Since September 11, Paraguay has been an active and prominent partner in the war on terror. It has, inter alia, arrested some 23 individuals suspected of Hizballah/HAMAS fundraising, initiated a ministerial-level dialogue with regional governments, cracked down on visa and passport fraud, and hosted, in late December, a successful regional counterterrorism seminar that included a keynote speech by the United States Coordinator for Counterterrorism.
Paraguayan officials raided a variety of businesses and detained numerous suspects believed to have materially aided either Hizballah or HAMAS, primarily in the triborder city of Ciudad del Este or in Encarnaci�n. Prominent among the raids were the arrests on 3 October of Mazen Ali Saleh and Saleh Mahmoud Fayad (on criminal association/tax evasion charges) and the arrest on 8 November of Sobhi Mahmoud Fayad (on criminal association and related charges); all three are linked to Hizballah. In addition, the businesses that were raided revealed extensive ties to Hizballah—in particular, records showed the transfers of millions of dollars to Hizballah
operatives, "charities," and entities worldwide. Several other TBA personalities, including Assad Barakat and Ali Hassan Abdallah, are considered fugitives. Barakat, who is considered Hizballah's principal TBA leader, lives in Foz do Iguazu, but owns a business ("Casa Apollo") in Ciudad del Este; Paraguay has sought an INTERPOL warrant for his arrest.
Among the others arrested were some 17 ethnic Arabs (mostly Lebanese) on charges of possessing false documents; Paraguayan officials suspect some have links to HAMAS. Three Paraguayans—an attorney, a consular officer, and an Interior Ministry employee—also were arrested in connection with fraudulently issuing immigration documents to the 17 individuals.
Asunci�n, through its money-laundering unit, also identified 46 individuals who transferred funds in a suspicious manner from accounts held by Middle Eastern customers or to Middle East organizations.
Despite the apparent successes, Paraguayan counterterrorist enforcement continued to be impeded by a lack of specific criminal legislation against terrorist activities, although such a bill was introduced before the legislature. Until its passage, Paraguay must rely on charges such as criminal association, tax evasion, money laundering, or possession of false documents to hold suspects. Pervasive corruption also continued to be a problem for Paraguay, and some suspected terrorists were able to co-opt law-enforcement or judicial officials.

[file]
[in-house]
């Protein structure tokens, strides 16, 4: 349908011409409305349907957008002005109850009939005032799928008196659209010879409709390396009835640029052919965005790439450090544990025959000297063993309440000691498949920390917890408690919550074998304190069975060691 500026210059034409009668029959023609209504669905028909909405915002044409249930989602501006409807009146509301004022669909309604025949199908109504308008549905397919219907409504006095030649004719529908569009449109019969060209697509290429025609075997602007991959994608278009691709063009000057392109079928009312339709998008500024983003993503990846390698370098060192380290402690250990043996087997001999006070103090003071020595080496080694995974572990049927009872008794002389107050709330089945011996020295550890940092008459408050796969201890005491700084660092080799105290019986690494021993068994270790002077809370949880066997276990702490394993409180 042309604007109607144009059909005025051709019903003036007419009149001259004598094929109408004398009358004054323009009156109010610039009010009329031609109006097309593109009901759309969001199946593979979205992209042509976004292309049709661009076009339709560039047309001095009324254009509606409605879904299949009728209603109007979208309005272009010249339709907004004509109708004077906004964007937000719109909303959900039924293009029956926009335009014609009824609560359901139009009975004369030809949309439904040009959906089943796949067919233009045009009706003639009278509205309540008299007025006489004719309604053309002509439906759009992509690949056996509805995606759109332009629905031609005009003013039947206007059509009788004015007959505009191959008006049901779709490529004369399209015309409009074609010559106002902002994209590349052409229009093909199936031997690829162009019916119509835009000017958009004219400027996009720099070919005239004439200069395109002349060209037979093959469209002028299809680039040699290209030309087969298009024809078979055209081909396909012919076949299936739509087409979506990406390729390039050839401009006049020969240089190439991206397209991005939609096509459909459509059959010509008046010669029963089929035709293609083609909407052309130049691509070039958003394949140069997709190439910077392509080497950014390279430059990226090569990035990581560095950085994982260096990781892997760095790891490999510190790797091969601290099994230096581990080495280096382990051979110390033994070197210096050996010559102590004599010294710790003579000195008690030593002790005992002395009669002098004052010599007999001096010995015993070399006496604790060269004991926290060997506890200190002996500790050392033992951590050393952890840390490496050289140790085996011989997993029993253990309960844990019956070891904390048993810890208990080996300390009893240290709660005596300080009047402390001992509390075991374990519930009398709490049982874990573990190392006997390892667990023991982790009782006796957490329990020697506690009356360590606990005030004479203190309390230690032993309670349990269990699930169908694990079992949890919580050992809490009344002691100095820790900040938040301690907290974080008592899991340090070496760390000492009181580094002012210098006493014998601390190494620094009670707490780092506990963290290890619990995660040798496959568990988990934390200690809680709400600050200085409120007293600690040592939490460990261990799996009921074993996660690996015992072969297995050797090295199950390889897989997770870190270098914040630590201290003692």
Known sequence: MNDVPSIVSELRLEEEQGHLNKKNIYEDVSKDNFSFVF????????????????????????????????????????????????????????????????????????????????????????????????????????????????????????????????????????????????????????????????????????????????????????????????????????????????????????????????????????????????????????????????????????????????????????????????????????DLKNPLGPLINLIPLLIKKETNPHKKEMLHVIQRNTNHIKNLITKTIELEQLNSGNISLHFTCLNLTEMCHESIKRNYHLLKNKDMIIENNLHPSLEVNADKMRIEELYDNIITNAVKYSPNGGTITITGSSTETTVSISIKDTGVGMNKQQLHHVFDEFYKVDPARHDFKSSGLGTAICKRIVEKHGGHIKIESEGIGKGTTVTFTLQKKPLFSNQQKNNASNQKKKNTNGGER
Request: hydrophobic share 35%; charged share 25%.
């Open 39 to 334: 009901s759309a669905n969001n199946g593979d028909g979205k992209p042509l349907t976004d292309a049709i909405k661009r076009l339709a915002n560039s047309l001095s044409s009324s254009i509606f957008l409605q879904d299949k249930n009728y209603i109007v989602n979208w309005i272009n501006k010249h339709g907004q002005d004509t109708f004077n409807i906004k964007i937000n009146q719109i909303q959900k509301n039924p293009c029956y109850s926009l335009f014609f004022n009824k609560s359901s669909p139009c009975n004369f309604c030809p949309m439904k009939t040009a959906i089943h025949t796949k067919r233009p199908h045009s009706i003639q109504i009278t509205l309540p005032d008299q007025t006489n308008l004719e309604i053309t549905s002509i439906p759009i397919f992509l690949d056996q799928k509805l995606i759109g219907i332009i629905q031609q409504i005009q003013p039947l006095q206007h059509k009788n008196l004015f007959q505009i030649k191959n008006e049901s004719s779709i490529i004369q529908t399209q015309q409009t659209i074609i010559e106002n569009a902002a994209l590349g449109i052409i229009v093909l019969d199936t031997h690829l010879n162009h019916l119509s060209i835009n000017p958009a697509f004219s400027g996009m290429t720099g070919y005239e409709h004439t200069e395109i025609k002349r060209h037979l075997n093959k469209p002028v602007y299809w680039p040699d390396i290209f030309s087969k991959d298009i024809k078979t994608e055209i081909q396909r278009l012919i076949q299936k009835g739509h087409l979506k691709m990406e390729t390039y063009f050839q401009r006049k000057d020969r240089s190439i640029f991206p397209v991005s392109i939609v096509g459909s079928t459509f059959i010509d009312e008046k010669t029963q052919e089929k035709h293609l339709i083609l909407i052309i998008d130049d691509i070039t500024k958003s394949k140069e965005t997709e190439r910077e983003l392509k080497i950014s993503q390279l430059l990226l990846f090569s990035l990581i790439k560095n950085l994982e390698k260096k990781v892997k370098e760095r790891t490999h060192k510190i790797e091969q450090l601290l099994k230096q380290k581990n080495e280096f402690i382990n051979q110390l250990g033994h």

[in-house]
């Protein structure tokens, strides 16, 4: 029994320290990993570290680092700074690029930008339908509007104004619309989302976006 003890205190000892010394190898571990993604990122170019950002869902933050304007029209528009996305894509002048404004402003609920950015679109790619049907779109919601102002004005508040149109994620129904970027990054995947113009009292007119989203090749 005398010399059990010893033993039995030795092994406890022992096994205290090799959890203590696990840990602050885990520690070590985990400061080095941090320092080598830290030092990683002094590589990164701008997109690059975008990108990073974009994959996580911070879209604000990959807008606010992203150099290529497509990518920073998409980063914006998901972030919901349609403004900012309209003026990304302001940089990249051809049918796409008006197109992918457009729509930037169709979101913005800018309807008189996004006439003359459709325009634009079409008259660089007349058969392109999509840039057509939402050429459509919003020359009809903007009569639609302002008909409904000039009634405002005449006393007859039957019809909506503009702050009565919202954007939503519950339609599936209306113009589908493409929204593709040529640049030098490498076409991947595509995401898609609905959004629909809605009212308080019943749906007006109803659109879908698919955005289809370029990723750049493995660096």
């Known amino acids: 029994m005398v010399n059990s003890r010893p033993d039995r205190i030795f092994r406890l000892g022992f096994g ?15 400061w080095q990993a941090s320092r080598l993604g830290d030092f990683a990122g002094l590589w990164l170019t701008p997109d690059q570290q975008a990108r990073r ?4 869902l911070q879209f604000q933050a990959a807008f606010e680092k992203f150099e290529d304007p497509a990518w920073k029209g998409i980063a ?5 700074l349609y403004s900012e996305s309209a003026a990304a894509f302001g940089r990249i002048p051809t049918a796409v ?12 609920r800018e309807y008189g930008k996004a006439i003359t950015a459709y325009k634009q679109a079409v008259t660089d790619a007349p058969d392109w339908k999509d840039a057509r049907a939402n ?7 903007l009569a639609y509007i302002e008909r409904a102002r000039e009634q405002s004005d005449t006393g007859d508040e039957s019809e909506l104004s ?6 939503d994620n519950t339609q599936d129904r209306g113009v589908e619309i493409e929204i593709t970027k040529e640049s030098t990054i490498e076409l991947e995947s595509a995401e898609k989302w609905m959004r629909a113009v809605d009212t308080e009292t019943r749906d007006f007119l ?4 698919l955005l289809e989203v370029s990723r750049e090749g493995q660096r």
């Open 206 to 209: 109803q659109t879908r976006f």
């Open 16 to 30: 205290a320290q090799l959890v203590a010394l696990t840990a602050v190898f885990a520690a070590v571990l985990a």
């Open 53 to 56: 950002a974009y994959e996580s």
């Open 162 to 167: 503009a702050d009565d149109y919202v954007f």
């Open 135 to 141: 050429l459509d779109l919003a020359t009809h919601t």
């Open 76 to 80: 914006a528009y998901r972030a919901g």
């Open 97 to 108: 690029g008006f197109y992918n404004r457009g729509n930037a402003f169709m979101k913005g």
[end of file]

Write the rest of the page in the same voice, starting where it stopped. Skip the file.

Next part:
Uruguay suffered no acts of international terrorism in 2001. Before September 11, Montevideo had been involved in an effort to create a permanent working group on terrorism with neighboring countries. Since September 11, Uruguay has actively supported various regional counterterrorism conventions and initiatives, paying particular attention to the triborder area as well as to its shared border with Brazil.
Egypt has asked Uruguay to extradite a suspected terrorist in a case that came before Uruguay's courts in 2001. The defendant, al-Said Hassan Mokhles, is a member of the Gama'a al-Islamiyya (Islamic Group, IG)—a group with ties to al-Qa'ida. Although the Court of Appeals granted his extradition, Mokhles has appealed his case to the Uruguayan Supreme Court. Mokhles was imprisoned, charged with document fraud, as his suspected IG activities took place before he arrived in Uruguay; there is no reported IG cell presence in Uruguay.
Following the events of September 11, Venezuela joined the rest of the OAS in condemning the attacks, and Venezuelan officials worked closely with US officials to track down terrorist assets in Venezuela's financial system. Venezuela condemned terrorism but opposed using force to combat it.
It was widely reported in the press that Venezuela maintained contact with the FARC and ELN and may have helped them obtain arms and ammunition; the press reports also included turning a blind eye to occasional cross-border insurgency and extortion by FARC and ELN operatives of Venezuelan ranchers.
In December 2001, Venezuela extradited Colombian national (and accused ELN member) Jose Maria Ballestas, wanted as a suspect for his role in the hijacking of an Avianca aircraft in Colombia in April 1999.